Donald Trump (AP/Sue Ogrocki)

F**k it, I'm rooting for Donald Trump: It's what the GOP deserves, and what we all deserve if we don't mobilize

I don't want to live in Angry, Stupid America. But a Trump nomination would force us all to get serious and fight


Steve Almond
March 3, 2016 11:16PM (UTC)

I may wind up divorced for writing the rest of this sentence, but here goes: I am officially endorsing Donald Trump for the GOP presidential nomination.

Having just risked the loss of my marriage, along with most of my friends, let me clarify that I do not wish Donald Trump to become the next president of the United States. I find him every bit as disturbing as the rest of you who do not wish to live in Angry, Stupid America.

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But I’ve also grown weary of the hysterical siren calls against a Trump nomination. I may live to regret these words but as I sit here today watching the bloated spectacle of another primary season, I want Trump to win.

Here are seven reasons why:

1. A Trump Nomination Is Precisely What the GOP Deserves

For half a century, the GOP’s corporate minders have sought to inflame their base with racist and nativist rhetoric.

Trump doesn’t code his racism. (Mexicans are rapists, Muslims should be registered, and so on.) I’d rather face a candidate who uses wolf whistles than dog whistles. It’s a more honest arrangement.

Fox News and the entire Conservative Media Machine have spent a generation breeding dittoheads: frightened, low-information voters driven by grievance and desperate for an authoritarian voice to follow.

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In the end, these folks don’t care about “conservative principles” such as slashing government programs and taxes and regulation. That’s the agenda of the donor class and its army of lobbyists. The base wants a loudmouth who can reduce the moral complexity of America to a narrative they understand, the one about how they’re being ripped off and left behind.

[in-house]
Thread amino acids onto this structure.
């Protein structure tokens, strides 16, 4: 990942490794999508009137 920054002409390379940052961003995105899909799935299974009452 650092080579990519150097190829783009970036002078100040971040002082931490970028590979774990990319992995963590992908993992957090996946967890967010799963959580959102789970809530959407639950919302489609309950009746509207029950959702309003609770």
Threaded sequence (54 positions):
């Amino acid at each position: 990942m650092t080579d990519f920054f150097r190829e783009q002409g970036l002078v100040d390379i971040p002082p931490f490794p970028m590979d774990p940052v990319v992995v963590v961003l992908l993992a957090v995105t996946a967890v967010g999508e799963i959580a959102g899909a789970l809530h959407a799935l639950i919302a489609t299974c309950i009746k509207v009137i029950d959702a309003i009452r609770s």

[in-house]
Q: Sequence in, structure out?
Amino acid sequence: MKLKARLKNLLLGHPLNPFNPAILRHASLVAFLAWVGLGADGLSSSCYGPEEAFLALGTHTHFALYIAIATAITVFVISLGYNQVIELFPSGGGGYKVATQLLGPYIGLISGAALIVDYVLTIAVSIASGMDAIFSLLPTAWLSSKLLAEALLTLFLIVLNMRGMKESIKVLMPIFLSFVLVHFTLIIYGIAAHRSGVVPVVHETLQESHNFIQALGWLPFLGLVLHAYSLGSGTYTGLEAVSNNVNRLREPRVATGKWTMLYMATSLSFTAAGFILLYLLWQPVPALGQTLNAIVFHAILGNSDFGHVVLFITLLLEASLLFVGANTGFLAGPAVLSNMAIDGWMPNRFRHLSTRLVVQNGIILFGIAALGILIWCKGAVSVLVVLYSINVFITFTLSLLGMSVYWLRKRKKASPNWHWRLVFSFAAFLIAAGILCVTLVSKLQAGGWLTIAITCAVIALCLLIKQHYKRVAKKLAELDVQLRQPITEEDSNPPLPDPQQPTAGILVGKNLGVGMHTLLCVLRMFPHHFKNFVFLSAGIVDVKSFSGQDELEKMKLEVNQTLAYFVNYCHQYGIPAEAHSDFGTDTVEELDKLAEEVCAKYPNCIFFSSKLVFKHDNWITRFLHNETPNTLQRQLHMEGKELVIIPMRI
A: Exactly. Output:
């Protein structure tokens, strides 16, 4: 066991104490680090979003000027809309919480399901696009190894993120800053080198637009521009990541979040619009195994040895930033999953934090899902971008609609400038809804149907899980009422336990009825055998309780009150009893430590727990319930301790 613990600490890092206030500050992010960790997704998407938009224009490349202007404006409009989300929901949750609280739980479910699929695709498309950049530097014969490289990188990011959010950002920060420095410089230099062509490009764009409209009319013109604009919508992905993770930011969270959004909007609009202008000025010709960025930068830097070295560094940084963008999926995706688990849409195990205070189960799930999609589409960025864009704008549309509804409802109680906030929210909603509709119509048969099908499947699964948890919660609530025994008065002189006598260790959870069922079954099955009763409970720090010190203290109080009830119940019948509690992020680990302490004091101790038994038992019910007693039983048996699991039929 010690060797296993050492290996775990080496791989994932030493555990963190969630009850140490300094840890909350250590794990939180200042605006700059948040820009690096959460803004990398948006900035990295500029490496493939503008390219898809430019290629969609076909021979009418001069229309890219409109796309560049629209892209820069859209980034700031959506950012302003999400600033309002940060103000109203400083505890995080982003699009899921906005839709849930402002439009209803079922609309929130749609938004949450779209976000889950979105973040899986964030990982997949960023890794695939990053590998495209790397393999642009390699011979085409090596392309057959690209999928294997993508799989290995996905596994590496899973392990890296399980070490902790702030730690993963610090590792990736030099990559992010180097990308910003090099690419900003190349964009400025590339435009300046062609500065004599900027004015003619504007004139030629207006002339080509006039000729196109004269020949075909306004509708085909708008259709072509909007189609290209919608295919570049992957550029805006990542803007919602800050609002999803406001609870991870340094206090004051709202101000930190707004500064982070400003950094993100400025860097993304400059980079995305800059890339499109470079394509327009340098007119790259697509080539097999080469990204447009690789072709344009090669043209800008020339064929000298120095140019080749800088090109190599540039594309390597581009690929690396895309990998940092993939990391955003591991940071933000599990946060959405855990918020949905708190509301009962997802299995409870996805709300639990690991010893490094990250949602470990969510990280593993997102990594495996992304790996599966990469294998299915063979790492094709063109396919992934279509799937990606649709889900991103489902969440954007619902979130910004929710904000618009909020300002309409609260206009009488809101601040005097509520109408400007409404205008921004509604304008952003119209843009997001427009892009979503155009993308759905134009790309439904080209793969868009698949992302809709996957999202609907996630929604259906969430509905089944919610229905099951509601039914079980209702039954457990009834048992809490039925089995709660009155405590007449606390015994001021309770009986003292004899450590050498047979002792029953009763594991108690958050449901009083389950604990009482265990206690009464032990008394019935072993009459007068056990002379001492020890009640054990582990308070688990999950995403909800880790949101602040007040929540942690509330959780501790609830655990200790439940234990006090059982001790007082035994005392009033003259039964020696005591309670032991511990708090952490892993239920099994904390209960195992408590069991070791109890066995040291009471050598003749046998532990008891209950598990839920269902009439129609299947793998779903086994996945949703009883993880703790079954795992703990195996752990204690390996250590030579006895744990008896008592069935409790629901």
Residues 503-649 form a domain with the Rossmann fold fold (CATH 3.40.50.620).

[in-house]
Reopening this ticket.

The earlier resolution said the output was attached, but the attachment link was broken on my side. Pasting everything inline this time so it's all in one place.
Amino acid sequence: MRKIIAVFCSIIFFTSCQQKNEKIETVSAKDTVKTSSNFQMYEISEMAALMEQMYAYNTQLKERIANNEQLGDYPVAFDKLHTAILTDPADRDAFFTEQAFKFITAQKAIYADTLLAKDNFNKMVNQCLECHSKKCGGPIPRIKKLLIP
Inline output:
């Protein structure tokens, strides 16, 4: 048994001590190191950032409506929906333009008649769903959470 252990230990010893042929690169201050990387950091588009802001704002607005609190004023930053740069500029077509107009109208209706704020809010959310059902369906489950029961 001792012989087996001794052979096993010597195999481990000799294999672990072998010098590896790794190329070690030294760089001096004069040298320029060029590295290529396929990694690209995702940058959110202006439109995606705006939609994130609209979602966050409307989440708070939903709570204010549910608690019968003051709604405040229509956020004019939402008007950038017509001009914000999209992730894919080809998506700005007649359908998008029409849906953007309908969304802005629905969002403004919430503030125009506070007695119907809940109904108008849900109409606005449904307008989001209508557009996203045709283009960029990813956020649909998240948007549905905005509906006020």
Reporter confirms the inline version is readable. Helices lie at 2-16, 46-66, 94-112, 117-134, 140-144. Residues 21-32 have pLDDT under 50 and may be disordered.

Ladies and gentlemen of the Grand Old Party: Trump.

2. Trump Will Not Run Well in a General Election

Trump is adored by his core supporters but widely reviled by most moderates and Democrats. Where Trump Nation sees a brash, no-nonsense leader, the rest of America sees a vulgar narcissist, morally hollow and possibly unhinged.

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It is one thing to judge Trump as an entertainer, and quite another to consider handing him the keys to the Oval Office. As the election draws closer, voters (and presumably the press) will begin to ask for more than extemporaneous soliloquys about trade deficits and poll numbers.

He will have to explain, more precisely, why a career in real estate, serial bankruptcy and reality TV qualifies him to be president of the United States, and how he plans to govern.

Consider our most recent Object Lesson: Sarah Palin. She went from rising star to laughingstock in the space of a few weeks. Trump may fare better in media interviews. But as the race becomes more focused on specifics, his bluster will run smack into that giant boring loser known as reality.

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There’s also a considerable chance that the GOP’s true centers of power—the corporate donors who underwrite stooges like Marco Rubio—will refuse to throw their filthy lucre at Trump. That may be true of loyal party strategists and politicians and pundits, too.

3. Trump Will Mobilize the Left

The very fact that so many people are freaked out by Trump’s ascent is a good thing. It means that Democrats and moderates and non-white supremacist adult humans with a functioning frontal cortex will be more likely to participate in the electoral process—by voting, volunteering, donating.

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And that matters, given that right now Republican turnout for the primaries has been record-setting.